The Fearless Nite JewelWritten by Nicole Trilivas
Photos by Brian Stevens
Nite Jewel is LA’s Ramona Gonzalez. Her moniker comes from a song by obscure synth group Nimbus Obi. Since her critically acclaimed 2008 debut, the LP Good Evening, Gonzalez has been classified as minimalist bedroom pop, bright disco, ’90s R & B, indie funk, and ’80s synth. These blends don’t often flavor together, but Nite Jewel pulls it off—mysteriously and bravely.
Nite Jewel’s polished sophomore release, One Second of Love, is a tighter and glossier evolution from the lo-fi sound of Good Evening, captured on an eight-track cassette recorder.
With some UK tour dates looming just around the corner, Nite Jewel spoke to me about what to expect from her live shows, her artistic and recording process, and her fearless ability to blend highbrow and lowbrow.
Nicole: What was your inspiration or the muse behind your latest release, One Second of Love? Is there any one event, person, place, time, or theme that induced the birth of Nite Jewel’s sophomore album?
Ramona: Originally One Second Of Love was meant to be a hi-fi, instrumental electronic album. [My husband and bandmate] Cole and I bought a reel of tape and went to a friend’s studio in northern California and recorded a bunch of improvisations on synth, guitar, and bass. Over the course of several months we returned [to the studio] three to four times and started to chip away at the material, which eventually gave way to a host of vocal-driven songs. It was sort of like an Another Green World process.
Nicole: You notably recorded Good Evening on an eight-track cassette recorder—an old school technique that gave the LP an authentic, lo-fi, fuzzy, and unique feel. Did you use any similar techniques in recording One Second of Love?
Ramona: No, we recorded on two-inch tape and Pro Tools for One Second Of Love.
Nicole: Tell me about your artistic process. What comes first, the music or the lyrics? Do you sit down with the purpose to compose, or do you wait for inspiration to strike? Do you work with your band or on your own at first?
Ramona: I work on my own or with Cole. Each song manifests itself differently; sometimes I will take a certain approach in order to bring about results, but usually an idea just pops into my head.
It’s that ability to not take your high or lowbrow qualities too close to heart and always be able to bend and switch them and knock them up against each other. That means you’re never too sacred with anything.
Nicole: One of my dreams in life is to have a song named after me. Tell me about the song “Clive.” Is it named after someone? It’s incredibly beautiful, dreamy, and soft—though the lyrics are somewhat indiscernible.
Ramona: “Clive” was inspired by a man who suffered from severe short-term memory loss.
Nicole: The title track, “One Second of Love,” makes me want to dance! I read that your mother was a dancer and that you were obligated to dance in her classes. When’s the last time you danced the night away, and which band/what kind of music were you listening to?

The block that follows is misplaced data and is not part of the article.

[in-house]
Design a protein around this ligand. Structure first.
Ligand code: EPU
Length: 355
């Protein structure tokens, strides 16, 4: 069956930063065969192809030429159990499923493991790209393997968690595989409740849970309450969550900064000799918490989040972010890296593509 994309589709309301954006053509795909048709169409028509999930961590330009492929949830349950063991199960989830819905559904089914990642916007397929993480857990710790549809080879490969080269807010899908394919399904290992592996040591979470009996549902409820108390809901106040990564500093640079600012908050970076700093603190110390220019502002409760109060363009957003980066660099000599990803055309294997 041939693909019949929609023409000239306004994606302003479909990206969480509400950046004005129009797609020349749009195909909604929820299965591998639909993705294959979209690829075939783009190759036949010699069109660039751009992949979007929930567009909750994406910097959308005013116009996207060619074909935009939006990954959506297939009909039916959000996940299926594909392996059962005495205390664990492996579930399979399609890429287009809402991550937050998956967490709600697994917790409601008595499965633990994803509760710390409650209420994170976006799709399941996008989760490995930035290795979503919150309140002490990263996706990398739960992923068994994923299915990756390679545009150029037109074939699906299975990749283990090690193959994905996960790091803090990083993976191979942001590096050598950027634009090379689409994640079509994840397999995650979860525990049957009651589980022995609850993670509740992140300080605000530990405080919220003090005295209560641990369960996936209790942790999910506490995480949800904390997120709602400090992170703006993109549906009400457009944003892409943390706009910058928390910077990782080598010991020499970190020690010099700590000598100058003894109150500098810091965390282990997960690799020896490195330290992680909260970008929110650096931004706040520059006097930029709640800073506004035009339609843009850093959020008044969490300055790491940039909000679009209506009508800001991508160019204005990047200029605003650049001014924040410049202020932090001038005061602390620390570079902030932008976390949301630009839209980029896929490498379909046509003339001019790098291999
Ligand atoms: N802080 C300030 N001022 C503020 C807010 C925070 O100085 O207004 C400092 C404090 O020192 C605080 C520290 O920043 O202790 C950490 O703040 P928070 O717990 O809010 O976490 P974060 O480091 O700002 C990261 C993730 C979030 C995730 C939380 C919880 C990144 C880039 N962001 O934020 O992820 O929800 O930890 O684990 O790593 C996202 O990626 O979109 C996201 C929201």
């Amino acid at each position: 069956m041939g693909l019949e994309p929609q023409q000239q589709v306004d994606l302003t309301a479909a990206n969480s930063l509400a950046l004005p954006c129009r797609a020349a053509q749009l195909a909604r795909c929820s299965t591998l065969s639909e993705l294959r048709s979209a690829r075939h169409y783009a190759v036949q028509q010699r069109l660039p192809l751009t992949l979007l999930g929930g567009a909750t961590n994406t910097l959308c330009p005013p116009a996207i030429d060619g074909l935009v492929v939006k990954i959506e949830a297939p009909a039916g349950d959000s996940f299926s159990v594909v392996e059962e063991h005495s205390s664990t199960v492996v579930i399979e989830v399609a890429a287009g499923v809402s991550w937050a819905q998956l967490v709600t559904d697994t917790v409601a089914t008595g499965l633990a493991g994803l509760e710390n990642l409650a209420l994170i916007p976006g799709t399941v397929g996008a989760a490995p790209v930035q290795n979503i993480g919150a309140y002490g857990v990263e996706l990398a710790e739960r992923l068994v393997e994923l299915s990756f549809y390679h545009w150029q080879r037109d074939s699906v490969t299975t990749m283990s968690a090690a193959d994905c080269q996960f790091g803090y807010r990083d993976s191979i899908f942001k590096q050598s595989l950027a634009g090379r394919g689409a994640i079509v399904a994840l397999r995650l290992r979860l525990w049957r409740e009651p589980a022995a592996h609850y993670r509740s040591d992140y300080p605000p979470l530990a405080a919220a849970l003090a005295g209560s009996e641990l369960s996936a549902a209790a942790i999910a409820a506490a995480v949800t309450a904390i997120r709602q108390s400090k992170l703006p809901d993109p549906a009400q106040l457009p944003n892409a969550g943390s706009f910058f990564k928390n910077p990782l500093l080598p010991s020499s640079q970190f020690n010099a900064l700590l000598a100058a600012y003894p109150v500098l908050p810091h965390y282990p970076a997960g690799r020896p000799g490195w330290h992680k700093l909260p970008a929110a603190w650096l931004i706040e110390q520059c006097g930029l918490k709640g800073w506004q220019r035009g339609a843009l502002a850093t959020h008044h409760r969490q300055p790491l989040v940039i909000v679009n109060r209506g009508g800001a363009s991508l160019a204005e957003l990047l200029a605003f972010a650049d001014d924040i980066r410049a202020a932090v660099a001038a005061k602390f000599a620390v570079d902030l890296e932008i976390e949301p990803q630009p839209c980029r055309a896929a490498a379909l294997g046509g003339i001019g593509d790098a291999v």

Ramona: I did a bunch of dancing at my record release party, both onstage and offstage (with DāM-FunK DJing).
Nicole: What was the first piece of music you ever purchased?
Ramona: I can never remember exactly, but I am pretty sure it was a cassette by Warren G.
Nicole: What was the most recent piece of music you purchased?
Ramona: I purchased an LP by the Vels recently.
Nicole: Your songs can vary greatly in terms of style and pace (a testament to your diverse talent). What can your fans expect from a Nite Jewel live show? Are your shows high-energy, or are they chill and mellow? Are you a mover and shaker or do you stay on the keyboard?
Ramona: It’s a blend of both energies, though we don’t lean too heavily on the ballads. The band is tight and rhythmic, and I dance around a lot.
Nicole: Your band includes your husband, Cole MGN (former guitarist of Ariel Pink’s Haunted Graffiti) who assisted you with the Good Evening LP. How did you two first connect, and when did you go from collaborators in art to partners in life?
Ramona: We started as artistic collaborators back when we both lived in New York in 2004-2005. We formed a band together and did a bit of recording. It was sort of love at first sight, but we didn’t establish a formal relationship until about a year or so after we met.
Nicole: In an interview you once called Anna Domino “elegant but still playful,” which I thought was an apt description of Nite Jewel. You don’t seem to take yourself too seriously. Do you agree? Why is this “playfulness” important in your music?
Ramona: A lot of art that I enjoy is multilayered and ironic. It can be humorous and sad all at once and in this way “playing” with the listener and making him/her think. I think that kind of artist knows not to take things at face value and likes to challenge the idea that music has to be under restriction. In the case of Anna Domino, she is able to take a slithery, silly synth line and recontextualize it in the form of a highbrow sound. It’s that ability to not take your high or lowbrow qualities too close to heart and always be able to bend and switch them and knock them up against each other. That means you’re never too sacred with anything.